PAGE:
Russia accuses US of hacking thousands of Apple phones

Apple denies Russian claim that it aided NSA

By
Web Desk
A customer tests a smartphone during the launch of the new iPhone XS and XS Max sales at re: Store Apple reseller shop in Moscow, Russia.—Reuters
A customer tests a smartphone during the launch of the new iPhone XS and XS Max sales at "re: Store" Apple reseller shop in Moscow, Russia.—Reuters 

Russia's Federal Security Service (FSB) revealed on Thursday that it had discovered a large-scale espionage operation conducted by the United States, which compromised thousands of iPhones using advanced surveillance software. Moscow-based cybersecurity firm, Kaspersky Lab, reported that the operation had affected numerous devices belonging to its employees.

In an official statement, the FSB, the main successor to the Soviet-era KGB, disclosed that the infiltration had impacted several thousand Apple Inc devices. The compromised phones belonged to both Russian citizens and foreign diplomats residing in Russia and other countries within the former Soviet Union.

"The FSB has revealed an intelligence operation carried out by the American special services using Apple mobile devices," declared the FSB statement. Additionally, the FSB claimed that the plot demonstrated "close cooperation" between Apple and the National Security Agency (NSA), the U.S. agency responsible for cryptographic and communications intelligence and security. However, the FSB provided no evidence to support the assertion that Apple collaborated with or was even aware of the spying campaign.

Apple swiftly refuted the allegation, stating, "We have never worked with any government to insert a backdoor into any Apple product and never will." The tech giant firmly denied any involvement in the operation. The NSA chose not to comment on the matter.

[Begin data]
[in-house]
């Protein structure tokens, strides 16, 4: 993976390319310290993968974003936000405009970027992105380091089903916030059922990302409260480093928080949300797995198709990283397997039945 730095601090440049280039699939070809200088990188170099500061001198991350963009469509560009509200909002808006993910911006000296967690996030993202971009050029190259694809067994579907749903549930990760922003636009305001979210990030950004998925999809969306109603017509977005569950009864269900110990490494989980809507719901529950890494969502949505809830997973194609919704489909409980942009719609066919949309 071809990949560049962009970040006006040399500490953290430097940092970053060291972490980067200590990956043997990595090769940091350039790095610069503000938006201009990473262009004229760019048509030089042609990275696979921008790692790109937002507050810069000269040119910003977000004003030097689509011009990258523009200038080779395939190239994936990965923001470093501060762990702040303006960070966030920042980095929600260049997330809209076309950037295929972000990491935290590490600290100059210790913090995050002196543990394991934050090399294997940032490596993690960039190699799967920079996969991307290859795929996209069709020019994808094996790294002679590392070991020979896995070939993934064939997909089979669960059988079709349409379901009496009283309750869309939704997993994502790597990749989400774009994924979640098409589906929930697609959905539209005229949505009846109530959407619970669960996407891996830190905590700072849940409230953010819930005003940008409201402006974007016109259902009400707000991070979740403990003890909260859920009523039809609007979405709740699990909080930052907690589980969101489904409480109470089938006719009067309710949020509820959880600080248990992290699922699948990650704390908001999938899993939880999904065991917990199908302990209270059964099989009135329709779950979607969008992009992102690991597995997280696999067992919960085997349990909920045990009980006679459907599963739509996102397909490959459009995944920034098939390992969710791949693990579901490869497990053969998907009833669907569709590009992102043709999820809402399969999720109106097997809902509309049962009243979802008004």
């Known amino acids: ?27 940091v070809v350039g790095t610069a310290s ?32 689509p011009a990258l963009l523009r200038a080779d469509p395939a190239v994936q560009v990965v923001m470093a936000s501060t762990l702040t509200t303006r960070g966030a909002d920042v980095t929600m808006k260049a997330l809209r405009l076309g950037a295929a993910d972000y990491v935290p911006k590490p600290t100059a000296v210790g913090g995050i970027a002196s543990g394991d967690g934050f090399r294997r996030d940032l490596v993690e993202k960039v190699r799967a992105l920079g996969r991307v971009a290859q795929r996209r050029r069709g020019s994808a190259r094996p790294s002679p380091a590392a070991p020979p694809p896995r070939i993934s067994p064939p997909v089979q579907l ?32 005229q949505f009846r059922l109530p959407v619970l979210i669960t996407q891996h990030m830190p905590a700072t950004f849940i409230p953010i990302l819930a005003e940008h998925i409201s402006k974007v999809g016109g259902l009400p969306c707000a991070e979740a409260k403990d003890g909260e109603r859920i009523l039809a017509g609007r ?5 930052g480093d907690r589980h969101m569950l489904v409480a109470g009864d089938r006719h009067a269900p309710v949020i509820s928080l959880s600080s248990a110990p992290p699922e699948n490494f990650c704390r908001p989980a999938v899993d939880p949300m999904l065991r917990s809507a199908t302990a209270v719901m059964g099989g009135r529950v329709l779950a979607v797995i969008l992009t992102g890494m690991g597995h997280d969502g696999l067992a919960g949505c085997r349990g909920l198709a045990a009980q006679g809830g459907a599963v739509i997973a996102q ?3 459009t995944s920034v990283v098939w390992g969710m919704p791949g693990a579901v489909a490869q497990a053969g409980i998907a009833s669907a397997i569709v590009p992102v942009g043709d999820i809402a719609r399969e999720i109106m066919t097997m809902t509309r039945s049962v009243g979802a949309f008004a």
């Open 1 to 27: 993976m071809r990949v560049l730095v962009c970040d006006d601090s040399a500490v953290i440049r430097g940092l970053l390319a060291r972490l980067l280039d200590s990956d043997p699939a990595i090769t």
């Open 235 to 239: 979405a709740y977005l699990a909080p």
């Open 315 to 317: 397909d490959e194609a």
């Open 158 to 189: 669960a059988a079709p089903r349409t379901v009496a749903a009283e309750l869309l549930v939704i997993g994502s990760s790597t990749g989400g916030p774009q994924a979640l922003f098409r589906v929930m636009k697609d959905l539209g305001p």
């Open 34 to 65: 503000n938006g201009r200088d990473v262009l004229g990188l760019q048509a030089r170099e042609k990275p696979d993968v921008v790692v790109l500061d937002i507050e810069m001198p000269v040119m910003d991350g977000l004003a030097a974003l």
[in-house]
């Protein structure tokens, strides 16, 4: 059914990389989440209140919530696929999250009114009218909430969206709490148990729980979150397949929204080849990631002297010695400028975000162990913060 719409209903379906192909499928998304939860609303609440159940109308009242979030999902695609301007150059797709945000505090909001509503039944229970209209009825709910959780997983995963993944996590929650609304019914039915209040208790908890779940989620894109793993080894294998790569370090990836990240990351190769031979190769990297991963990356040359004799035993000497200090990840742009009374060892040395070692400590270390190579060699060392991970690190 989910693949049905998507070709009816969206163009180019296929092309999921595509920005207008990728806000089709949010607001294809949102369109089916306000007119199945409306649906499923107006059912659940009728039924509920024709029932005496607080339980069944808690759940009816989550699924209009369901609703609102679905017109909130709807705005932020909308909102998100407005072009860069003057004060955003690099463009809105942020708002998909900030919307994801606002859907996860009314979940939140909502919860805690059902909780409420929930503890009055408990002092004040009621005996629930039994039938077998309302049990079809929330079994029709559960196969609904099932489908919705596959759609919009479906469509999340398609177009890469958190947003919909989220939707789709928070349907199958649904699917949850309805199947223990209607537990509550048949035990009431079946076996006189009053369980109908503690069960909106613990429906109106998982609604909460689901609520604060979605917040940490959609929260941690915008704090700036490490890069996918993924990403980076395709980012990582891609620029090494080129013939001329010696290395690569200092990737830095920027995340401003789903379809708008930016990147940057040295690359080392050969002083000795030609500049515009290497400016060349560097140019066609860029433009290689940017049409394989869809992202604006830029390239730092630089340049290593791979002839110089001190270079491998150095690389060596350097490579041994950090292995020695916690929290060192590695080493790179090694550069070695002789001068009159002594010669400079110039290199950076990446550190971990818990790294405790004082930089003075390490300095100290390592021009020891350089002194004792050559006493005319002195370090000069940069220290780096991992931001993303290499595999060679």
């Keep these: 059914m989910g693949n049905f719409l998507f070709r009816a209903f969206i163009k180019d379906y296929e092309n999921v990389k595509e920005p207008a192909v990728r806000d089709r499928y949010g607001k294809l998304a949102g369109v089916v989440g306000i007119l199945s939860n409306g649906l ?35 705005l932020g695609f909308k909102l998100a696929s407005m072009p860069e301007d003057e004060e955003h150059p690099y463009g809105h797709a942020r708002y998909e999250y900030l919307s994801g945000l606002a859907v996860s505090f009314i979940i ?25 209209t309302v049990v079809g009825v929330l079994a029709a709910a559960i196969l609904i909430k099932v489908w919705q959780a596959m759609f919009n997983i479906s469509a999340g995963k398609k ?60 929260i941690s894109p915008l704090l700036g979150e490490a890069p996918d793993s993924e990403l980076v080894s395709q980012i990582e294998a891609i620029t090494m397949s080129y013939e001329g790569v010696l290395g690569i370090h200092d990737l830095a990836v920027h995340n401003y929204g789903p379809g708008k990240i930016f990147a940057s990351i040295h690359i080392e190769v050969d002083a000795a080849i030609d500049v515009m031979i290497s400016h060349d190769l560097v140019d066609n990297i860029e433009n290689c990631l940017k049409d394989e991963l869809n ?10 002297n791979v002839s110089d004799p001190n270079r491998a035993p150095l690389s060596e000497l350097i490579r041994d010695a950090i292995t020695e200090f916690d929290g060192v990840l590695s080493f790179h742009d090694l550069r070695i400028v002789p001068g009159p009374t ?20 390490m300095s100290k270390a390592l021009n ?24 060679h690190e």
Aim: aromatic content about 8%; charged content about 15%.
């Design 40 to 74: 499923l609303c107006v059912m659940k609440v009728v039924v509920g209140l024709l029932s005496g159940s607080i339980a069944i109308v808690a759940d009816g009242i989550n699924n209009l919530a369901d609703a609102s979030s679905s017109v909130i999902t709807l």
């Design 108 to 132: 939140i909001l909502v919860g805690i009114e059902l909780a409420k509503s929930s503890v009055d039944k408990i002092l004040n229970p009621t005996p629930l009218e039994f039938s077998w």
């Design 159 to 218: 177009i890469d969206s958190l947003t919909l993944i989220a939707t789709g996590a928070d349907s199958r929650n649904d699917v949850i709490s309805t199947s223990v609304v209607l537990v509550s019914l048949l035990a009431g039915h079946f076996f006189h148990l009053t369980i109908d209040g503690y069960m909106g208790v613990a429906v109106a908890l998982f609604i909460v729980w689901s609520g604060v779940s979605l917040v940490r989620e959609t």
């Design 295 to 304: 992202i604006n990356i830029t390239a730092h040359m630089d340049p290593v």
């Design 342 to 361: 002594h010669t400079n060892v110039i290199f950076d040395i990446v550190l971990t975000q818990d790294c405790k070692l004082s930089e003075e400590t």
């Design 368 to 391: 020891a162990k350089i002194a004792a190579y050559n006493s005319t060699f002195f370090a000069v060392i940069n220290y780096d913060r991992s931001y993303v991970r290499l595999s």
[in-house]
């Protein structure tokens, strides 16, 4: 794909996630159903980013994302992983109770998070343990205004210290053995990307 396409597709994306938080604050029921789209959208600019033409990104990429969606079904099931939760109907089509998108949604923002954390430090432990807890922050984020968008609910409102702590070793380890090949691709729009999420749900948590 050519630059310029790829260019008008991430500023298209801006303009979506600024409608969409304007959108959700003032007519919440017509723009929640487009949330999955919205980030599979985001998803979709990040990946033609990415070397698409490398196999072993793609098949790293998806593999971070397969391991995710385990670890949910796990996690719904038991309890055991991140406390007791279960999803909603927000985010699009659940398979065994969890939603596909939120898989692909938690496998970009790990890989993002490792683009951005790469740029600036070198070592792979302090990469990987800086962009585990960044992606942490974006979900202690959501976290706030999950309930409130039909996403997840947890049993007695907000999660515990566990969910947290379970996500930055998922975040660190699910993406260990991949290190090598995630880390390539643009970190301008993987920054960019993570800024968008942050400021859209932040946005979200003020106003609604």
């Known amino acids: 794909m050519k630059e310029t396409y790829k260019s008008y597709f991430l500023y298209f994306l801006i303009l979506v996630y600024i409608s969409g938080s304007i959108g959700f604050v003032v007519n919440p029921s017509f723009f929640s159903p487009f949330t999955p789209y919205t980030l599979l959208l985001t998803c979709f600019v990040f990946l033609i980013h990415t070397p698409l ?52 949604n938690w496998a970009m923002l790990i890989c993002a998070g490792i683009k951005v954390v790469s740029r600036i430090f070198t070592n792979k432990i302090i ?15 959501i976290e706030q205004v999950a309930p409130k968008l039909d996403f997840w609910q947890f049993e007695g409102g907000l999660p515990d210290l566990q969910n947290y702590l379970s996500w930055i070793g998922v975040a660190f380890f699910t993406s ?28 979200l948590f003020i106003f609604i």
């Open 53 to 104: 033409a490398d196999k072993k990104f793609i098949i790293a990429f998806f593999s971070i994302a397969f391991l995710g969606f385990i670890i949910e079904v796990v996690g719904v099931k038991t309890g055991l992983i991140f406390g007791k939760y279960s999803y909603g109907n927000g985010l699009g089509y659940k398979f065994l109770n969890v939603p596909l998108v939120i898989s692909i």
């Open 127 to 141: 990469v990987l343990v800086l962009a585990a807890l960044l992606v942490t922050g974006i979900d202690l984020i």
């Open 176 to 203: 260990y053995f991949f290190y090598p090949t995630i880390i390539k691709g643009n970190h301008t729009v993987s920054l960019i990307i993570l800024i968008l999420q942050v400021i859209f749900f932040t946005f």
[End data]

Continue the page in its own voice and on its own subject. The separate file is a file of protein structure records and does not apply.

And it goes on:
Eugene Kaspersky, the CEO of Kaspersky Lab, shared on Twitter that dozens of his employees' phones had fallen victim to the operation. Kaspersky Lab described the attack as an "extremely complex, professionally targeted cyberattack" that specifically aimed at workers in high and mid-level management positions. Igor Kuznetsov, a researcher at Kaspersky, confirmed the company's independent discovery of abnormal network traffic on its corporate Wi-Fi network at the beginning of the year. However, Kaspersky did not share its findings with Russia's Computer Emergency Response Team until recently.

Kaspersky emphasised that attributing the hacking to any specific party was challenging, stating, "It's very hard to attribute anything to anyone." According to Kaspersky's blog post, the earliest traces of infection discovered date back to 2019, and the attack was still ongoing as of June 2023. While Kaspersky staff were affected, the company believed that it was not the primary target.

The FSB alleged that the American hackers had compromised the phones of diplomats from Israel, Syria, China, and NATO member countries as part of the espionage campaign. Israeli officials refrained from commenting, while Chinese, Syrian, and NATO representatives were not immediately available for a response.

The significance of this matter was highlighted by both the Kremlin and Russia's foreign ministry. The Russian foreign ministry stated, "The hidden data collection was carried out through software vulnerabilities in U.S.-made mobile phones." It further asserted that U.S. intelligence services had been utilising IT corporations to collect extensive user data without their knowledge for decades.

Russian officials revealed that the plot was uncovered through a joint effort between FSB officers and the Federal Guards Service (FSO), a powerful agency responsible for the Kremlin's security and formerly known as the KGB's Ninth Directorate. Russia, known for its sophisticated domestic surveillance structure, has long questioned the security of U.S. technology. Kremlin spokesman Dmitry Peskov claimed that all officials in the presidential administration were aware that gadgets such as iPhones were "absolutely transparent."

Earlier this year, the Kremlin reportedly instructed officials involved in preparations for Russia's 2024 presidential election to cease using Apple iPhones due to concerns about their vulnerability to Western intelligence agencies, as reported by Kommersant newspaper.